Let me know if you need more detailed instructions
  4. Cathex said:
    Your clone is not the issue, you just need to tell the BIOS to boot from your new drive. You bios will still be looking for your old ssd.
    Go into bios at boot up, change boot drive order to the new one (or basically just put the ssd listed at bottom on top). I suspect it was still booting from the old one all along when both were attached which is why you can't modify it, because its in use. Also, if your planning to use two drives the old one needs to be reformatted first to remove operating system. You'll probly want to repartition it too for max space.
    Let me know if you need more detailed instructions


    Unfortunately that was not the case, I did go into the BIOS and change the boot order, i even disabled all the other options. I end up just startibg with a fresh install and was able to copy over important files onto the new drive. Thanks for the input though :)
  5. Imaging will also copy the boot partition, where cloning doesn't. With either you may need to increase the partition size, add volume.
    (Better to buy a new windows disk, format and install on ssd and the use a back up to restore your data.)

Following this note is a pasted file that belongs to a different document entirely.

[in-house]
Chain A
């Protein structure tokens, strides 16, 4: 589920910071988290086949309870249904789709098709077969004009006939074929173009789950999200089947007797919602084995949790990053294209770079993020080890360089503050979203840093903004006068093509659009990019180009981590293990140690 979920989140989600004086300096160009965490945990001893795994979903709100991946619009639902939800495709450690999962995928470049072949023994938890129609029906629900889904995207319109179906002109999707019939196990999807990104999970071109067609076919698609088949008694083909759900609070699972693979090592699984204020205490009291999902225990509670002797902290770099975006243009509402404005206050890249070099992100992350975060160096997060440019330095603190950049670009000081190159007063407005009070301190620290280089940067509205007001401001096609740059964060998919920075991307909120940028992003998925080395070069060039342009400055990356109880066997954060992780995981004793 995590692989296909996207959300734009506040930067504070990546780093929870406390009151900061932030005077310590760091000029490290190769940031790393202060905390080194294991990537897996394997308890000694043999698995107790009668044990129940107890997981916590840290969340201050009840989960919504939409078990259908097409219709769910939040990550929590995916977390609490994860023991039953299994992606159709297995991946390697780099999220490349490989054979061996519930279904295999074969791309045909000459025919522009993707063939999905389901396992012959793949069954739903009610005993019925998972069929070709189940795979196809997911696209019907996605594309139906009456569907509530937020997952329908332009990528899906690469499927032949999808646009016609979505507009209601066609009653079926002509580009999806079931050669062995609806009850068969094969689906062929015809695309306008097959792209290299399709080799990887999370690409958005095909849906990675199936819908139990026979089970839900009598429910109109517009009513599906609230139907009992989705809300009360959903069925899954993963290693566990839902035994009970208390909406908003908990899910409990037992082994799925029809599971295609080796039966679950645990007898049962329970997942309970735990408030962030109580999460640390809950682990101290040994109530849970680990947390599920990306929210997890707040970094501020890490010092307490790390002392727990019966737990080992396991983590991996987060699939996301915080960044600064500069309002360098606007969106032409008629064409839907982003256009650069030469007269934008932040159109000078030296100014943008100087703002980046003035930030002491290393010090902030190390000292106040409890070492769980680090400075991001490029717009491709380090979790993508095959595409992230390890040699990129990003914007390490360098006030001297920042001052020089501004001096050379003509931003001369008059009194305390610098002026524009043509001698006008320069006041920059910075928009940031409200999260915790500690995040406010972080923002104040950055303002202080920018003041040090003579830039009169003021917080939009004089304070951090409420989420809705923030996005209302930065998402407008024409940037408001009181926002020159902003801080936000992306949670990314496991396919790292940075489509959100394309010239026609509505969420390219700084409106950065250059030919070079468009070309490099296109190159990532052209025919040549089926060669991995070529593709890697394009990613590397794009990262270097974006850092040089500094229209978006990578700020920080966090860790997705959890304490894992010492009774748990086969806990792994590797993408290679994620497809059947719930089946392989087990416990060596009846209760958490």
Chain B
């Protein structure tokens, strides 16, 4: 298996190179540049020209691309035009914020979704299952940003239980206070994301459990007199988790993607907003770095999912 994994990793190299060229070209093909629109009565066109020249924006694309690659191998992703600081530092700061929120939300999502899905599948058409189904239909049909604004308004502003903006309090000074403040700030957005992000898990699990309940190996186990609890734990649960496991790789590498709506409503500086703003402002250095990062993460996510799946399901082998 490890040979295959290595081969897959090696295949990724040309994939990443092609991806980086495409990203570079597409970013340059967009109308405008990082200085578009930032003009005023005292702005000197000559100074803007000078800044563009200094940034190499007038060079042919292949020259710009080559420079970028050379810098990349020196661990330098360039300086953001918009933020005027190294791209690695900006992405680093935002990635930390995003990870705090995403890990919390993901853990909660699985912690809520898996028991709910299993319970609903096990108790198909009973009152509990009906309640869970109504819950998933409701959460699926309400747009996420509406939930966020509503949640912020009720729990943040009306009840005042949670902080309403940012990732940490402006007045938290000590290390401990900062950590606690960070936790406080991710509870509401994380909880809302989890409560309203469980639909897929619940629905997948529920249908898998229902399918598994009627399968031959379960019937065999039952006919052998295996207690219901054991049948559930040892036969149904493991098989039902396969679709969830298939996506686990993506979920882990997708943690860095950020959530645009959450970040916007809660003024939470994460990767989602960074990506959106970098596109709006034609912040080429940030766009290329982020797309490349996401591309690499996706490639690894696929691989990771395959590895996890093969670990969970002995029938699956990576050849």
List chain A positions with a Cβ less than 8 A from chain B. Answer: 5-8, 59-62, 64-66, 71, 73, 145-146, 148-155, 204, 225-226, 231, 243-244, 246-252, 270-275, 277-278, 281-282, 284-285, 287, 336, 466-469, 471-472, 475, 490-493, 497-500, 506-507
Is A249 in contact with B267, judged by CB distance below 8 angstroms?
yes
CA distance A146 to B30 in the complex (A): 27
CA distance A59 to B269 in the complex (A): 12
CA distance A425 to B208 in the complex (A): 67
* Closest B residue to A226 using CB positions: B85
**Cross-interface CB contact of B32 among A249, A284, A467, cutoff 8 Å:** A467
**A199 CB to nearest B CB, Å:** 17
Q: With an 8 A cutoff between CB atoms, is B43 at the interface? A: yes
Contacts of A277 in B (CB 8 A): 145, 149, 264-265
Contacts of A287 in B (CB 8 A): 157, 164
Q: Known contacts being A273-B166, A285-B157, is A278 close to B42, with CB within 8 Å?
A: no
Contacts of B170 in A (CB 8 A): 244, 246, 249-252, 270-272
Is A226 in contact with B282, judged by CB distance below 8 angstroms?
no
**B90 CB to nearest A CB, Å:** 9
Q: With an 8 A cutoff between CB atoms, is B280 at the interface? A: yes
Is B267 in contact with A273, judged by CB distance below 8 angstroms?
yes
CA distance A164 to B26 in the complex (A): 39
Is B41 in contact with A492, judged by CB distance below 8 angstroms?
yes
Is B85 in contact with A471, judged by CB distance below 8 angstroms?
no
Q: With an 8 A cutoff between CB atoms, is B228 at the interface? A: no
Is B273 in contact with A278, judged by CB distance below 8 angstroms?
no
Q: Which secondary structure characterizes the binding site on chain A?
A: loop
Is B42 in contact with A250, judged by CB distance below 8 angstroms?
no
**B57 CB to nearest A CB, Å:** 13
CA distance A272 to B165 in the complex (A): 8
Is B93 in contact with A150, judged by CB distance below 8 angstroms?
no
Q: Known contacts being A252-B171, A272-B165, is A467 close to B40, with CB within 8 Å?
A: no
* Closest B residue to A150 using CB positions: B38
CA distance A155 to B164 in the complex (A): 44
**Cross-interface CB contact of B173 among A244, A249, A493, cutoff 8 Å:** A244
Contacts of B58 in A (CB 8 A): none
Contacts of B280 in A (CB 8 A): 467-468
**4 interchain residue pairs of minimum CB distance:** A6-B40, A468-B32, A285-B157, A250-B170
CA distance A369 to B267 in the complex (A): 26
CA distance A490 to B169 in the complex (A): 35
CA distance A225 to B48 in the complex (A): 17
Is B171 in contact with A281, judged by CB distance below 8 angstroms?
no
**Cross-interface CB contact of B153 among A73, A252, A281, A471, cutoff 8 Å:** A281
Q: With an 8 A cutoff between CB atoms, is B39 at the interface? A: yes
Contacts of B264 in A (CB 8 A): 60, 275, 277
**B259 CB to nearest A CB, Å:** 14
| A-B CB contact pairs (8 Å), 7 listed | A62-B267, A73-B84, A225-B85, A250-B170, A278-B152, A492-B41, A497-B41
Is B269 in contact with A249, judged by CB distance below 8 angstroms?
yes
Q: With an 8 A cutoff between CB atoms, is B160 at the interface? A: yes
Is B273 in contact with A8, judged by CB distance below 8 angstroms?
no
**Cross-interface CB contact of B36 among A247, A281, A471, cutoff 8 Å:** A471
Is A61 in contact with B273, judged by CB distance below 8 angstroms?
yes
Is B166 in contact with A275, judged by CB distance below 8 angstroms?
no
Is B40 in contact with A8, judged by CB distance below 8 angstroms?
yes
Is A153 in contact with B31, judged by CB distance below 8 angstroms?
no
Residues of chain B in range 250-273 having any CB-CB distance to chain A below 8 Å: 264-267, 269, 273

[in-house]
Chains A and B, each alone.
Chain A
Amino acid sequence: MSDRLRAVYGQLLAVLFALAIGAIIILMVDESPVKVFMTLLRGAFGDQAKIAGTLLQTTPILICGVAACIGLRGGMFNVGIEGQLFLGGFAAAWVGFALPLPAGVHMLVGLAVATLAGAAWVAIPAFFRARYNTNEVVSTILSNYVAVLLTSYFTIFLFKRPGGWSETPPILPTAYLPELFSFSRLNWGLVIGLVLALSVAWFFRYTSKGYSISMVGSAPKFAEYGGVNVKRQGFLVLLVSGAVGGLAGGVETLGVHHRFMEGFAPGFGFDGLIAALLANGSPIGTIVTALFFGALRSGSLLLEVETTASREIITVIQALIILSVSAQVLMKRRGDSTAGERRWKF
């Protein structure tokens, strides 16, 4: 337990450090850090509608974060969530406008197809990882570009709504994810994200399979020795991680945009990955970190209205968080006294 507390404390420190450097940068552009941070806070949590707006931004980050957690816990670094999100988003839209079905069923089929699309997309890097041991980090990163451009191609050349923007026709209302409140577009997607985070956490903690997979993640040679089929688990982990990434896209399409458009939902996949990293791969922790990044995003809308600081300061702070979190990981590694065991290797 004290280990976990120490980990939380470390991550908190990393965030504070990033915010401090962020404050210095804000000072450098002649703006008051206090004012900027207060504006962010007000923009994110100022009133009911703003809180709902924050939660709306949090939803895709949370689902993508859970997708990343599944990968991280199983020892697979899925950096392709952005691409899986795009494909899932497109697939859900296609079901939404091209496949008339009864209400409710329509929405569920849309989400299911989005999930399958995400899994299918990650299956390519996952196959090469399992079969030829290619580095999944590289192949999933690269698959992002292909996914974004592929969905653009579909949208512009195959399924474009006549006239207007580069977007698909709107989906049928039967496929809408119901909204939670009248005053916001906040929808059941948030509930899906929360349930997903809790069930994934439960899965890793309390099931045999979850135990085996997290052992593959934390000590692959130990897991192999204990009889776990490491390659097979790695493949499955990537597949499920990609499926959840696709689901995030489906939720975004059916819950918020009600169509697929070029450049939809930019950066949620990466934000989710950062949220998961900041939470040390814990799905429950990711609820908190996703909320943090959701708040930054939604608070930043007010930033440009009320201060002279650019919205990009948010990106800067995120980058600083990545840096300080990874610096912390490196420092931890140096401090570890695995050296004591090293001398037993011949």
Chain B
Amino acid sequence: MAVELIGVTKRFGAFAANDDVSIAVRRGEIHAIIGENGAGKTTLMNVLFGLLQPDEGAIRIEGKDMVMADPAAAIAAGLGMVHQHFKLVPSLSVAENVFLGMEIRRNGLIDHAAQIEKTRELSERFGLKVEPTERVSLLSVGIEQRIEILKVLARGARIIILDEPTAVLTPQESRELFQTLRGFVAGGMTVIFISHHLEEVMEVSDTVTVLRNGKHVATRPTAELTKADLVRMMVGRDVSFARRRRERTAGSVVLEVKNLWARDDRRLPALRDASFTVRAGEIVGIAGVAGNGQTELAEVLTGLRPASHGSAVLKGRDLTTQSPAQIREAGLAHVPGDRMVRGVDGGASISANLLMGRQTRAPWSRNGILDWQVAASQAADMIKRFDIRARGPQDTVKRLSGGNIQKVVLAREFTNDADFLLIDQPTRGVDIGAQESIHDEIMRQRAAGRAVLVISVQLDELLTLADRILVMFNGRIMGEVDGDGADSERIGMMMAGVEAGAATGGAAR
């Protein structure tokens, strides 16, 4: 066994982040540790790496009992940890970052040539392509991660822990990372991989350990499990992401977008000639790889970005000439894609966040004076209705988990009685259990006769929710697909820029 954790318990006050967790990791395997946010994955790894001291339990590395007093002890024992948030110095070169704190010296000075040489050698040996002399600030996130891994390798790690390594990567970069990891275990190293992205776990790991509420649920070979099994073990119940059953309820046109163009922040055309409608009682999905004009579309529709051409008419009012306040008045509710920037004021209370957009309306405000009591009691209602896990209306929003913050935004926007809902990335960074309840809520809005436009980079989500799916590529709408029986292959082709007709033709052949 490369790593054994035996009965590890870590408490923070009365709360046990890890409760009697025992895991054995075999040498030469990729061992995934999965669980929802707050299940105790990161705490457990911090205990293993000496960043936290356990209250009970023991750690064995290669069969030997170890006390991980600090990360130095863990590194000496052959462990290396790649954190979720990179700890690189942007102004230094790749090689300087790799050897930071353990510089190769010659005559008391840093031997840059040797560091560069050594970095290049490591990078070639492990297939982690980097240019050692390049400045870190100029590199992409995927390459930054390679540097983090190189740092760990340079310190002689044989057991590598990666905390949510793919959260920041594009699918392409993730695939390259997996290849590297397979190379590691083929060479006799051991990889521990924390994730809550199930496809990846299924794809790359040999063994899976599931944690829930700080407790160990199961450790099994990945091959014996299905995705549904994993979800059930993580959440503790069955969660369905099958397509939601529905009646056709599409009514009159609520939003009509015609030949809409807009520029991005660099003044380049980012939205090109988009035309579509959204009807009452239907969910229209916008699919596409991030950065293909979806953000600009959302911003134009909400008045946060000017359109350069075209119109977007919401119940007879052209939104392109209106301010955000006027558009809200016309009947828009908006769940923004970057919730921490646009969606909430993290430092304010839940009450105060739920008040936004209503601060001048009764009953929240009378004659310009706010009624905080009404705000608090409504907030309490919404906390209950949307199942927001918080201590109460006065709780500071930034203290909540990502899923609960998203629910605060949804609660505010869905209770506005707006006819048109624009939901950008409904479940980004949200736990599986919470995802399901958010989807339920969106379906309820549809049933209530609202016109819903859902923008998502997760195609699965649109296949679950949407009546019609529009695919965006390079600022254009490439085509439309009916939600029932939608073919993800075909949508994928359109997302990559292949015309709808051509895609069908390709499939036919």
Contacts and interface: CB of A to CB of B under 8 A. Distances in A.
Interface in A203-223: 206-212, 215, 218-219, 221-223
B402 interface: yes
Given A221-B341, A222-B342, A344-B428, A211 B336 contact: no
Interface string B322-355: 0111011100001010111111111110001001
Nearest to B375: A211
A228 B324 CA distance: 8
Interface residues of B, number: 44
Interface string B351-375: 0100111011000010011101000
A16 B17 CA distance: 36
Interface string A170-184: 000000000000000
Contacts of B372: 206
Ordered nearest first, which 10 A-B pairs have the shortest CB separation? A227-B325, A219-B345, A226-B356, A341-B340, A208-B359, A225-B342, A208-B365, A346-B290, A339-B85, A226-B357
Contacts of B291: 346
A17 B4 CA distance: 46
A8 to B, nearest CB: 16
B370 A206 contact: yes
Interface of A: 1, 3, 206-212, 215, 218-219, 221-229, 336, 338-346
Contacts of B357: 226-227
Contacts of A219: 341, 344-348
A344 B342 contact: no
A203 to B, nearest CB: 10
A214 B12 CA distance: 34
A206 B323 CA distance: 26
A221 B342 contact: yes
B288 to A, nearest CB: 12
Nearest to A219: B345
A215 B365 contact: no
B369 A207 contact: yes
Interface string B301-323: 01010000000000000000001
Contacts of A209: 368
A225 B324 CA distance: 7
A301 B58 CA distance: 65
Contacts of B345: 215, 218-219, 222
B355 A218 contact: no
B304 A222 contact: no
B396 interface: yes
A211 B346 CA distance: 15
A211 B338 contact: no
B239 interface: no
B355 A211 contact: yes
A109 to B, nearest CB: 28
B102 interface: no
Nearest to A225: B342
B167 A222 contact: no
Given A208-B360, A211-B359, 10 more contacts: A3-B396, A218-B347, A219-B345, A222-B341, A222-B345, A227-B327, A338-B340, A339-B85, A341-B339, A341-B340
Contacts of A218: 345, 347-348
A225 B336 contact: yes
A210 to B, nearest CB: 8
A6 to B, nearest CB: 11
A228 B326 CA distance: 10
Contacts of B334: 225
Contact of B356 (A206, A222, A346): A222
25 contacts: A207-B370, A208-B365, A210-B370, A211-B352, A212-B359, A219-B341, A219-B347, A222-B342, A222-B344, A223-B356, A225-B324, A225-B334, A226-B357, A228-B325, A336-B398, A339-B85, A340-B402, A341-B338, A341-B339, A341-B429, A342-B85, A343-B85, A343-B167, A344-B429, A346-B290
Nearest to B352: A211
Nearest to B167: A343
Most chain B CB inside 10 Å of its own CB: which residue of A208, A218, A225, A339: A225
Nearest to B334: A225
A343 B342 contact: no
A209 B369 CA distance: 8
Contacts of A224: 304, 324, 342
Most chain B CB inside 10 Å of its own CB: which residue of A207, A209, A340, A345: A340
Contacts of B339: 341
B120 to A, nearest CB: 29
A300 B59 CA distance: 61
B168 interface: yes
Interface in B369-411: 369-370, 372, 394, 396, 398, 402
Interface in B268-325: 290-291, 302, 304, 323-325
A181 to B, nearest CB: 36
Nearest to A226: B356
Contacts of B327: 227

For imaging:
    I use Linux which is more specific when installing onto a new hard drive and you can easily set partition size. I would format and partition using something like Mandriva which has a powerful disk utility, or Ubuntu - (Linux CD's's are easy to purchase for small change, usually also postage costs, it is free) which will give you options to resize the drive and set a boot partition, set your op sys drive to be whatever is windows friendly, NTFS, FAT, and FAT32, then after formatting and resizing, take out the disk and do an install using a Windows image that you have previously backed up onto a usb or cloud. Use a Windows restore disk for this. It will then find your boot partition.

    http://www.pagestart.com/win7bckuprstrnhd072610.html has a guide to imaging